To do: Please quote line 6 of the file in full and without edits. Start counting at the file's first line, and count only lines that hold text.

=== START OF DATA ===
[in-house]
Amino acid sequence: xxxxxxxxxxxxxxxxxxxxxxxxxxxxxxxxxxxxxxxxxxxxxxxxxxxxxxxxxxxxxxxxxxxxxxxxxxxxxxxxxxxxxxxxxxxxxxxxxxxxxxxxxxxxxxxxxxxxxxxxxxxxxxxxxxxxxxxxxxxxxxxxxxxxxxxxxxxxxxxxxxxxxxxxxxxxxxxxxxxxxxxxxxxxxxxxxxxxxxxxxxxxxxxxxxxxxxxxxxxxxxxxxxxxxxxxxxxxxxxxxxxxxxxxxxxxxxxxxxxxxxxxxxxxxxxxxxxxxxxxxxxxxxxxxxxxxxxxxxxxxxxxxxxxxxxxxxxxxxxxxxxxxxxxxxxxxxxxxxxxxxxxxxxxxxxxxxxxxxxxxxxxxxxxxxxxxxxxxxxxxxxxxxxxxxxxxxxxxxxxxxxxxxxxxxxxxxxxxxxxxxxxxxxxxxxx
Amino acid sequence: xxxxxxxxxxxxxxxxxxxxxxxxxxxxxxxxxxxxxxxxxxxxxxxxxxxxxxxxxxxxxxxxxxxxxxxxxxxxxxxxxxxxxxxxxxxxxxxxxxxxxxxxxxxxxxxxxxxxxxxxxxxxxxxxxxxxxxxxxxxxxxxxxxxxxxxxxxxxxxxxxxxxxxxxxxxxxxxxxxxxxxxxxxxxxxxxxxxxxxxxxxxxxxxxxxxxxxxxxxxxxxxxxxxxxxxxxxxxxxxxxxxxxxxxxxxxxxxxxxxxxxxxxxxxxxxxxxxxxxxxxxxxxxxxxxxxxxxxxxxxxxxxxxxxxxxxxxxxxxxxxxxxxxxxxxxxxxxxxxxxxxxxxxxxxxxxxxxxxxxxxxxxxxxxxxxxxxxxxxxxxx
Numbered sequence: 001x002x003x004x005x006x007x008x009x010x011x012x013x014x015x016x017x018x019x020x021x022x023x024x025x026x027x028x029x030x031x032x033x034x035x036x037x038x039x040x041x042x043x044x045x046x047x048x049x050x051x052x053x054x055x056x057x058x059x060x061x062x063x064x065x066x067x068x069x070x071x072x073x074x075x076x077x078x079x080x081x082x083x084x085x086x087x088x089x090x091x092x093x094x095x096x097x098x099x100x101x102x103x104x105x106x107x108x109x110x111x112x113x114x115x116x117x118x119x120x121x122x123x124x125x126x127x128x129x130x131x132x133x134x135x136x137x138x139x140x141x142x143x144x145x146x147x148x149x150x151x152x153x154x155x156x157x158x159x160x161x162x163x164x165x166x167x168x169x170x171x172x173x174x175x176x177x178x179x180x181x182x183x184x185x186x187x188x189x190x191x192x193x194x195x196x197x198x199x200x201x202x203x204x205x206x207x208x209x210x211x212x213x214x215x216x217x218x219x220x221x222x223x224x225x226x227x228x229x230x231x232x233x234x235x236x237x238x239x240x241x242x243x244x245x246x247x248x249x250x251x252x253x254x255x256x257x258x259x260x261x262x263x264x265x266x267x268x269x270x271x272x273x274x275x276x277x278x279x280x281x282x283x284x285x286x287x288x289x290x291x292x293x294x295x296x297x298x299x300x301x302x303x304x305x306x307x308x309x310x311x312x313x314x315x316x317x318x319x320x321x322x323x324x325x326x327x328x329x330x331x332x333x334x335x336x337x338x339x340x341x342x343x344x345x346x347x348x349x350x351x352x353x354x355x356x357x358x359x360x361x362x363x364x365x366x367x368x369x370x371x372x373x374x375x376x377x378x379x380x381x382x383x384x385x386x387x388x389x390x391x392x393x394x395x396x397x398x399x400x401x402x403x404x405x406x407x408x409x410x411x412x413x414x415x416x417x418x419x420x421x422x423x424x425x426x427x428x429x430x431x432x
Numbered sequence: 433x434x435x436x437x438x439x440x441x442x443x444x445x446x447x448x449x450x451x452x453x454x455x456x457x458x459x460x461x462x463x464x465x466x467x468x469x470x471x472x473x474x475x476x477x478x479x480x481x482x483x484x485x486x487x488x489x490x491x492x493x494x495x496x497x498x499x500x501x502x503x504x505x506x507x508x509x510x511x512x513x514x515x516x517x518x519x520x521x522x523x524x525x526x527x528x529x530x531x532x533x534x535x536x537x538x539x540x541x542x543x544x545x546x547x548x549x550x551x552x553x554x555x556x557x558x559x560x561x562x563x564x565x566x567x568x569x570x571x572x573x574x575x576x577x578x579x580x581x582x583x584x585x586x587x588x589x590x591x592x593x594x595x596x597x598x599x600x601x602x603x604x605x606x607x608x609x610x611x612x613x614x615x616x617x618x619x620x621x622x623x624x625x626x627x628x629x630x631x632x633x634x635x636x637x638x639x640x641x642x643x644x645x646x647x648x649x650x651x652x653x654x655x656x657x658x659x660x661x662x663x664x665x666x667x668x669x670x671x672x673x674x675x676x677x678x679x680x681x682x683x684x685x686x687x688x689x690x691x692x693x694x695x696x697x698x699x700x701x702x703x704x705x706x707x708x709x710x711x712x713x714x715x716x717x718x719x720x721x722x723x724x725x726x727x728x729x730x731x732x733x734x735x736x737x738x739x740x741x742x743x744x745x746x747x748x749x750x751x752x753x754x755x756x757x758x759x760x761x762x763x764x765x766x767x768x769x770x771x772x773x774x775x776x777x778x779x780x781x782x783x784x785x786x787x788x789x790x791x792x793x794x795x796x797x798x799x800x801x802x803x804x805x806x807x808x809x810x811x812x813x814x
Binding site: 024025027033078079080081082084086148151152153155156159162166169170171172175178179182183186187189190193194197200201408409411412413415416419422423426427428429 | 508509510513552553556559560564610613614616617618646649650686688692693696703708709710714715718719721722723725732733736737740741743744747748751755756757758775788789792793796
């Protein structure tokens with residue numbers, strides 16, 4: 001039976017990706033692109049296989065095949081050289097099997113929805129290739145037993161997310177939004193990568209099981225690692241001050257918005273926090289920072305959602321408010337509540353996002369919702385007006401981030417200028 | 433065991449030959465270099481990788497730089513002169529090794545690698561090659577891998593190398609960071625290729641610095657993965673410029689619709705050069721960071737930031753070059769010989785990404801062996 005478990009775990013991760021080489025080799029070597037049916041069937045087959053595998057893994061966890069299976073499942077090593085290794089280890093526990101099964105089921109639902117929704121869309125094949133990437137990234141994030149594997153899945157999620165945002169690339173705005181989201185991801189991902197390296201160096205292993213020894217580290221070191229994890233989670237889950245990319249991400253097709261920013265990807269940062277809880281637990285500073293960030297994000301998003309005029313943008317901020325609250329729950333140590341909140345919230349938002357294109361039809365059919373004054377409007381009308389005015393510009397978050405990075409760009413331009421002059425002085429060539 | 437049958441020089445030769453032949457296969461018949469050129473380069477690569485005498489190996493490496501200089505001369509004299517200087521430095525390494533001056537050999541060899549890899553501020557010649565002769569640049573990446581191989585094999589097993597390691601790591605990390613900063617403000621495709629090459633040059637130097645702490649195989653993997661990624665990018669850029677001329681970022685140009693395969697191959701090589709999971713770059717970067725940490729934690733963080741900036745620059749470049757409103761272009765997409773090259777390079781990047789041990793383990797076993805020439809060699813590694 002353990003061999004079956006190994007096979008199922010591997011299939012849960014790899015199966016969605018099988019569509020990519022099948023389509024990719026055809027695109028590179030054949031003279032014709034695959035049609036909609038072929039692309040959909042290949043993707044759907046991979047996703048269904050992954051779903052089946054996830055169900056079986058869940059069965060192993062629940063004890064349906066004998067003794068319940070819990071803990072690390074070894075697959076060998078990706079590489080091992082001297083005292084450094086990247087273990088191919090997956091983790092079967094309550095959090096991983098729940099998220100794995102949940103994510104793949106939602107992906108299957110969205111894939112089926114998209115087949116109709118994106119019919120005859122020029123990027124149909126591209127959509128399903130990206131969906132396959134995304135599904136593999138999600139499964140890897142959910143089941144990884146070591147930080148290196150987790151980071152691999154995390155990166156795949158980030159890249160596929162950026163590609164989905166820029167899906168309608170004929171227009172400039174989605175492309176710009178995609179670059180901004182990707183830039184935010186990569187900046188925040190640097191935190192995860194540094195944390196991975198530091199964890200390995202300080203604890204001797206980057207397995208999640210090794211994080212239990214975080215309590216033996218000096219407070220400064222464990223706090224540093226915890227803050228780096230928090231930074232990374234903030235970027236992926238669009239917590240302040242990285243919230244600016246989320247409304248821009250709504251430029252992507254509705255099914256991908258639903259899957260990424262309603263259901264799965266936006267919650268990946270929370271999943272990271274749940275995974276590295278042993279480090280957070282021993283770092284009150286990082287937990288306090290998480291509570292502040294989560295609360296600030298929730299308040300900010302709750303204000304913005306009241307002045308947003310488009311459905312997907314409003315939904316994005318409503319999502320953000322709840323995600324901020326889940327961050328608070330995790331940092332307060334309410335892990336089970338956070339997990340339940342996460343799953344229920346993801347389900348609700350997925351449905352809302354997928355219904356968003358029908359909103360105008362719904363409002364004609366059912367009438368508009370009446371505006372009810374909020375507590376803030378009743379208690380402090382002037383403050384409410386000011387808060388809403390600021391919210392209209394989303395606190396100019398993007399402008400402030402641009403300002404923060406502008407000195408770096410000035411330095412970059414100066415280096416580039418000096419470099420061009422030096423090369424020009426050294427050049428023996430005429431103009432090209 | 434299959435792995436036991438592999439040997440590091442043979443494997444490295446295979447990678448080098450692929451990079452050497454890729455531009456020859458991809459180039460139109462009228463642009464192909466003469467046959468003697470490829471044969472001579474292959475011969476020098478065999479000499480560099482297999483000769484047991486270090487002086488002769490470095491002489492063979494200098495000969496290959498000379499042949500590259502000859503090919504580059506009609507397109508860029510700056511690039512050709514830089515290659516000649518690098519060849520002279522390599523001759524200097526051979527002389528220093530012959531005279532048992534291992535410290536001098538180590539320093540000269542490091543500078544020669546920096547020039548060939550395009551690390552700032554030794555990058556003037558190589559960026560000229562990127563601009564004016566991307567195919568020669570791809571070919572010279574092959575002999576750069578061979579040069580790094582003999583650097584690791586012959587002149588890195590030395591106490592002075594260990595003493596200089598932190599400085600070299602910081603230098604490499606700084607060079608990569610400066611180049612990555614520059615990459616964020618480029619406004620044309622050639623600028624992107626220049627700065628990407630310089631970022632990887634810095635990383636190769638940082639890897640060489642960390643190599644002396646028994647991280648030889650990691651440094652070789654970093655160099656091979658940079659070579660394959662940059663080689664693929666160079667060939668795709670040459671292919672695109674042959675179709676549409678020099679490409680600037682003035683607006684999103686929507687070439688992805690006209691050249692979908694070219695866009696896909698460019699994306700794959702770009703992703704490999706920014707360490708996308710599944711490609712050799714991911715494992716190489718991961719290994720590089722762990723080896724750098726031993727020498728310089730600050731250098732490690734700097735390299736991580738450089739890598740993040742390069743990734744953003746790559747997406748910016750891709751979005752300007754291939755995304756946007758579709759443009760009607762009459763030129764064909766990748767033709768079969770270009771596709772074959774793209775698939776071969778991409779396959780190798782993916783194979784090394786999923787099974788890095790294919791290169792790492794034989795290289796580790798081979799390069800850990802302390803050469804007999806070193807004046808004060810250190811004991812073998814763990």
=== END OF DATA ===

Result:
Binding site: 024025027033078079080081082084086148151152153155156159162166169170171172175178179182183186187189190193194197200201408409411412413415416419422423426427428429 | 508509510513552553556559560564610613614616617618646649650686688692693696703708709710714715718719721722723725732733736737740741743744747748751755756757758775788789792793796